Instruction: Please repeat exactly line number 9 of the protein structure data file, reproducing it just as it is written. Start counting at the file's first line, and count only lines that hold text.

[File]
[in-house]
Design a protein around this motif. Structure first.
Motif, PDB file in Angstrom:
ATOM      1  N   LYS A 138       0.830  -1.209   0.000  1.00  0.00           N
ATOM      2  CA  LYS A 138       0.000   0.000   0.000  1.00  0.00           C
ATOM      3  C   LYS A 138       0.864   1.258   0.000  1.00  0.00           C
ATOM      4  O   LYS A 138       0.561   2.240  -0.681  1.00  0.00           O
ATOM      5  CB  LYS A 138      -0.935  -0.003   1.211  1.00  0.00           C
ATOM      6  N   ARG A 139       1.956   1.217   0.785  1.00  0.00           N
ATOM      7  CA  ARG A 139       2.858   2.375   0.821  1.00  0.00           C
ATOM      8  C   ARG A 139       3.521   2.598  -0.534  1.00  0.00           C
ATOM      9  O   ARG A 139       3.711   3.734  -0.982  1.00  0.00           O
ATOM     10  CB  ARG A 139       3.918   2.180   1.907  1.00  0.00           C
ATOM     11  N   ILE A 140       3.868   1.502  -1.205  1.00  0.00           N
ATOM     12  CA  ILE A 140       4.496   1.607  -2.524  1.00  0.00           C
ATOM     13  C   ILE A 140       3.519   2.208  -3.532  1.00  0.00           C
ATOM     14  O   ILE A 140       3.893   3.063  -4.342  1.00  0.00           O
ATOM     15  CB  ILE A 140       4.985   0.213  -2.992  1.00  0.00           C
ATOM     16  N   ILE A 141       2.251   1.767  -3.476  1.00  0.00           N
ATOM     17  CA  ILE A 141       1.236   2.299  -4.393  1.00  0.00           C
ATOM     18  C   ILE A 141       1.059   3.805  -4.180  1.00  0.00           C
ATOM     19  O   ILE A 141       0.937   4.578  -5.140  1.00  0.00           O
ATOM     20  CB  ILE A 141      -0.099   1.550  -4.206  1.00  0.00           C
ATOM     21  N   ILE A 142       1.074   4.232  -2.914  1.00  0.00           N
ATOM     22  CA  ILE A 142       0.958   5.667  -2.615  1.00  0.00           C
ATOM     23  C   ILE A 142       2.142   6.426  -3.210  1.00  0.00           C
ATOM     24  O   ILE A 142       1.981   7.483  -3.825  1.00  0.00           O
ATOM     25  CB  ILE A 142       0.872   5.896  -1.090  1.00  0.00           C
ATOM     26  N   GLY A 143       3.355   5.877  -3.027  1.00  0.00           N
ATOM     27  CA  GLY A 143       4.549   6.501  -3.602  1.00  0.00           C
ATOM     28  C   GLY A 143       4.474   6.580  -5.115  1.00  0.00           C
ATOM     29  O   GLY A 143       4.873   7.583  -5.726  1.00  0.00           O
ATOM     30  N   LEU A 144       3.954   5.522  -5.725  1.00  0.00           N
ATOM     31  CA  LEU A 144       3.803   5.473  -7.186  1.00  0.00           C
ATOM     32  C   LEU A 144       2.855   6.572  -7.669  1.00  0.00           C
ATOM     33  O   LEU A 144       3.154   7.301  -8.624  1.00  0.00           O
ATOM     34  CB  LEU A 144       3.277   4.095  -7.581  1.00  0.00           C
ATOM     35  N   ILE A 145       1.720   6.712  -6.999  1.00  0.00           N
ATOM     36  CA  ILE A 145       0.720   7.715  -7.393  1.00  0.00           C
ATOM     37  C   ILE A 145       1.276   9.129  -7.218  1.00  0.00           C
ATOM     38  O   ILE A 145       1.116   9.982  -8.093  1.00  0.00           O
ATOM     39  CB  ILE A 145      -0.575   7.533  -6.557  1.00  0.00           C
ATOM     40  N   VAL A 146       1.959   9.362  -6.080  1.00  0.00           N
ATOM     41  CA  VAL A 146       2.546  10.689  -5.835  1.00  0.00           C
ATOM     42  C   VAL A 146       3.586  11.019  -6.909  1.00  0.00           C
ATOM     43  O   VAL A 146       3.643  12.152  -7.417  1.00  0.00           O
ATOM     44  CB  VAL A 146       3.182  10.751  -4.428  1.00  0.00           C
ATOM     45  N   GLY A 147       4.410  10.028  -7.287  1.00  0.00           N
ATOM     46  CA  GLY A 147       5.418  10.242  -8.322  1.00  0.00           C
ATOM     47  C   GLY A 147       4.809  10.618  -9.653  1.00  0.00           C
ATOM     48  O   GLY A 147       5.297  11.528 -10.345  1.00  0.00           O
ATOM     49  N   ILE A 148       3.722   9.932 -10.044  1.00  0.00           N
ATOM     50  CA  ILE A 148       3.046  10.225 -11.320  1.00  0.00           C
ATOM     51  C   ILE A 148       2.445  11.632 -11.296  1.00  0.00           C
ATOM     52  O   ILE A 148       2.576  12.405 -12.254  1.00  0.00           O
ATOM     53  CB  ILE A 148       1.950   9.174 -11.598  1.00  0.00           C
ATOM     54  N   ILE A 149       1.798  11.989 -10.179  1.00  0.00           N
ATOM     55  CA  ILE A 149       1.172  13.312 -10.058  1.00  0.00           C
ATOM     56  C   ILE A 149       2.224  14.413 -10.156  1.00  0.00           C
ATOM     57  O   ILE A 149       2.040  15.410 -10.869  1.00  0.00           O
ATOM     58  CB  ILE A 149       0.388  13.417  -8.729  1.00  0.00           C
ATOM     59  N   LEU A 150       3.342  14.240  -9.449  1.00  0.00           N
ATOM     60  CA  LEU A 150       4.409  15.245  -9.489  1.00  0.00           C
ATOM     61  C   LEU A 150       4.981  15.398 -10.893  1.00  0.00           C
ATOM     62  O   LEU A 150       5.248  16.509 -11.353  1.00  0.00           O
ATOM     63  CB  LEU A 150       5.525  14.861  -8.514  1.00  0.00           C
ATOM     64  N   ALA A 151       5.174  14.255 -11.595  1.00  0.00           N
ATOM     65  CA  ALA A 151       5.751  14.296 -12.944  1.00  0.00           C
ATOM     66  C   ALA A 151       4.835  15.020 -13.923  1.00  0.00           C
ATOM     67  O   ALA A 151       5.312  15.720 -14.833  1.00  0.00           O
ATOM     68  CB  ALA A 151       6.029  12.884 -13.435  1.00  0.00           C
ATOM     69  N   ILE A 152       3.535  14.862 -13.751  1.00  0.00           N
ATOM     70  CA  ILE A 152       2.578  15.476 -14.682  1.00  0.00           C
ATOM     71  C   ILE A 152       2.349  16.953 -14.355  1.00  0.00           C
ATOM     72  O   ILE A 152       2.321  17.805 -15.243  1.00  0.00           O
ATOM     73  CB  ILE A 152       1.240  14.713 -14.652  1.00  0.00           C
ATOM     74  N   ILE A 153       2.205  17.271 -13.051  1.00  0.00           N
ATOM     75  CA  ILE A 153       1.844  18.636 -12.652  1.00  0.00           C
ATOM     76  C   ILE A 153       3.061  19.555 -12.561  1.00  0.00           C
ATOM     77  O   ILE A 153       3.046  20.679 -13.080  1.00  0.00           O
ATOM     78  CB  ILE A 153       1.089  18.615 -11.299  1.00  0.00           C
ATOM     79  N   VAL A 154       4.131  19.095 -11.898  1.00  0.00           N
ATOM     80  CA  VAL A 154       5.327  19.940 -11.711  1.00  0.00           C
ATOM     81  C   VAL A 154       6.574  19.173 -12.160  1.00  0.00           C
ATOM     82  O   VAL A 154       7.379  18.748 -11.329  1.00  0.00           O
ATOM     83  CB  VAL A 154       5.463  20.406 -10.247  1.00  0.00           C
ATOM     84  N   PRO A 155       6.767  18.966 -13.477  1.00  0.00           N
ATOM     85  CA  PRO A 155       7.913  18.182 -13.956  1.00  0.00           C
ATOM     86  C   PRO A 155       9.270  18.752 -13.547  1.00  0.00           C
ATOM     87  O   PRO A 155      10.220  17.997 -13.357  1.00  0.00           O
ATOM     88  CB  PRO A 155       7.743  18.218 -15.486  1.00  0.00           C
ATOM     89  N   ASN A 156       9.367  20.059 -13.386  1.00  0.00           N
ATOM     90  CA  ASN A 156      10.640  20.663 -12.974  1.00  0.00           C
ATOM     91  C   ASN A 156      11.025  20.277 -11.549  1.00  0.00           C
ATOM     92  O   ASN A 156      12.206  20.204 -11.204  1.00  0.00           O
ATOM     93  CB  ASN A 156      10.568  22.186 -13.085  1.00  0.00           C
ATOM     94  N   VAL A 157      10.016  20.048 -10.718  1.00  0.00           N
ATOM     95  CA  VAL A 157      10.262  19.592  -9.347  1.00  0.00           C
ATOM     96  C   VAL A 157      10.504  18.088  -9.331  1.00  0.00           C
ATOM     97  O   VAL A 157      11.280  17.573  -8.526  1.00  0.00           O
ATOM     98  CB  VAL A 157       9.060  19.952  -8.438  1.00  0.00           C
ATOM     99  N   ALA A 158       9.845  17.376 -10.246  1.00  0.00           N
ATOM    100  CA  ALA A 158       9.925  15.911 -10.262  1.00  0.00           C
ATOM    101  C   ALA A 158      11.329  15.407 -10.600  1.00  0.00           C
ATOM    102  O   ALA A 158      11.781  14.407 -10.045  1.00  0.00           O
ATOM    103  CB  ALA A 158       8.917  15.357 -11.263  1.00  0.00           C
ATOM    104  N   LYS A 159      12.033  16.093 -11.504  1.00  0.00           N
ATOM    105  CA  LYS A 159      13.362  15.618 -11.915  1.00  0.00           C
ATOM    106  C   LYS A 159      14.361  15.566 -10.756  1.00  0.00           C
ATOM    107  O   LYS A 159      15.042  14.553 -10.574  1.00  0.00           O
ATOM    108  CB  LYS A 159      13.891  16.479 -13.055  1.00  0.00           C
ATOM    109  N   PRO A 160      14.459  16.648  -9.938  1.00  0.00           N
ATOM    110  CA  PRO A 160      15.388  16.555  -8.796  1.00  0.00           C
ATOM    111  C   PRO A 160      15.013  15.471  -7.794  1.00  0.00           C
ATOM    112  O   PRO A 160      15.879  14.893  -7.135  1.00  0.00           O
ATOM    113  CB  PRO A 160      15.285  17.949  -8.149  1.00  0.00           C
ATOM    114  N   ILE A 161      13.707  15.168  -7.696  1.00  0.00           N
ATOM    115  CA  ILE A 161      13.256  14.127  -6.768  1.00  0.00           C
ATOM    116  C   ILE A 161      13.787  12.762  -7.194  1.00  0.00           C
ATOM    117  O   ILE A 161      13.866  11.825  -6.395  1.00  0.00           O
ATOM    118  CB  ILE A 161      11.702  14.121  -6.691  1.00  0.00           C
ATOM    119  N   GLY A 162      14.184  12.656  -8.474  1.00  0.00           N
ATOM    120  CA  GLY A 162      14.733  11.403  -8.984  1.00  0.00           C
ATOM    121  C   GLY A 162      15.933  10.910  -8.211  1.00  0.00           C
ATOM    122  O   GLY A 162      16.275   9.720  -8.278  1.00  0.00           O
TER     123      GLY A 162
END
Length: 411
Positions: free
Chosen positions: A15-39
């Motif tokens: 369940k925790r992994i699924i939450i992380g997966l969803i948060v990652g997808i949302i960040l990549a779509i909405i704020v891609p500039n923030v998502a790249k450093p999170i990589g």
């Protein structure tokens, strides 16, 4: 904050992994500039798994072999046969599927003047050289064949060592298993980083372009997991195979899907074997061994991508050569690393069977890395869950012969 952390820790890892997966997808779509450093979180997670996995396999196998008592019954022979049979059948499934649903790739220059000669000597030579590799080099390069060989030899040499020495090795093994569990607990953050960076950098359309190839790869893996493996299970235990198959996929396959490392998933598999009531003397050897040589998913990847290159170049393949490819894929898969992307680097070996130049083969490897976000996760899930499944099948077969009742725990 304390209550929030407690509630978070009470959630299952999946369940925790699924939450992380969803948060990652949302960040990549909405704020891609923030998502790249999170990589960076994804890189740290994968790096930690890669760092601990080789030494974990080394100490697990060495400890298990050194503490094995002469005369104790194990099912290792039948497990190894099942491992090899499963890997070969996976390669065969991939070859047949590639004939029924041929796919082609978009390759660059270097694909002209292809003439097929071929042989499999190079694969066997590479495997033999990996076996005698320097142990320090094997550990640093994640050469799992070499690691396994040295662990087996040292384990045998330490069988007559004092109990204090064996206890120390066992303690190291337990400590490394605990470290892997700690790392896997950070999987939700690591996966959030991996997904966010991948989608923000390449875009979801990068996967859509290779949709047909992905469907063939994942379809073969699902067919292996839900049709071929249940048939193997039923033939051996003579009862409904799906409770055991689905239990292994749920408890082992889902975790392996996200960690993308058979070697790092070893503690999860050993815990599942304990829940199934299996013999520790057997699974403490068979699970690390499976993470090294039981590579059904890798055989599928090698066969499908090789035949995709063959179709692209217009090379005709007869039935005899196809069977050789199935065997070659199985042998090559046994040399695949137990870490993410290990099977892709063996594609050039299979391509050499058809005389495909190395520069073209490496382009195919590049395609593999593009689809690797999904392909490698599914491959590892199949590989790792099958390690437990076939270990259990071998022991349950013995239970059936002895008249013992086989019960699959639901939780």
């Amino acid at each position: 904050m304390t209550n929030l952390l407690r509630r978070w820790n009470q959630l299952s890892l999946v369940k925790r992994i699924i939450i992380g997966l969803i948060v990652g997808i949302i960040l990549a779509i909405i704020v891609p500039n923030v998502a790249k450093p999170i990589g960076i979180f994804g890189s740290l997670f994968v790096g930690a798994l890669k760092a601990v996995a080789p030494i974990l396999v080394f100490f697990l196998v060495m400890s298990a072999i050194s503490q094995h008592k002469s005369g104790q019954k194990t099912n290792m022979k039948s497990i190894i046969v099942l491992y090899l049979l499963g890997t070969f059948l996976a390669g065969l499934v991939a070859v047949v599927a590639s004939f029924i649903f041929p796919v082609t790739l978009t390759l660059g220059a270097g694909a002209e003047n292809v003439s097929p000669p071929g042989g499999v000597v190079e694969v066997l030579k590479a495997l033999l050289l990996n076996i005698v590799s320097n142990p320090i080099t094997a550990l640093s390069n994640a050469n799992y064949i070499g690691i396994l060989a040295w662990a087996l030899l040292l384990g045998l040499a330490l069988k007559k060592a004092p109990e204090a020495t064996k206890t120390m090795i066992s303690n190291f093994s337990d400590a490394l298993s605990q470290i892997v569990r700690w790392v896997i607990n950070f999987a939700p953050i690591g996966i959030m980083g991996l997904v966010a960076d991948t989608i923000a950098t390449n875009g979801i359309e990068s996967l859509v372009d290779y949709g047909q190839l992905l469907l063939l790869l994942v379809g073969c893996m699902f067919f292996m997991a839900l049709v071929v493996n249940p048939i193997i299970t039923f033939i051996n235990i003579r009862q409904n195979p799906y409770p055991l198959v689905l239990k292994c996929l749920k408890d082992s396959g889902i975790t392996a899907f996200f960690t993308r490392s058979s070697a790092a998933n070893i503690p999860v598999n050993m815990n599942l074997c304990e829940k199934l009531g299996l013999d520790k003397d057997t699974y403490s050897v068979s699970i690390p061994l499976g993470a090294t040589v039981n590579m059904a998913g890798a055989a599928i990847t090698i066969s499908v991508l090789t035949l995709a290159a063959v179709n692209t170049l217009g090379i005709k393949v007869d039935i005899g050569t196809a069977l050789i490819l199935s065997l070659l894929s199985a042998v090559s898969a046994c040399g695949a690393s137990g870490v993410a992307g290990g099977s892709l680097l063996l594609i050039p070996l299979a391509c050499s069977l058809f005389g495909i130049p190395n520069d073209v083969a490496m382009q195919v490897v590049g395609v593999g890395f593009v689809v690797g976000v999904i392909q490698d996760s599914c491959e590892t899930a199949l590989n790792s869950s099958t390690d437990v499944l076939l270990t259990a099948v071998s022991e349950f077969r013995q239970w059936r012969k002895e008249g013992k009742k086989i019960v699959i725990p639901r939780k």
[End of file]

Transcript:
ATOM      6  N   ARG A 139       1.956   1.217   0.785  1.00  0.00           N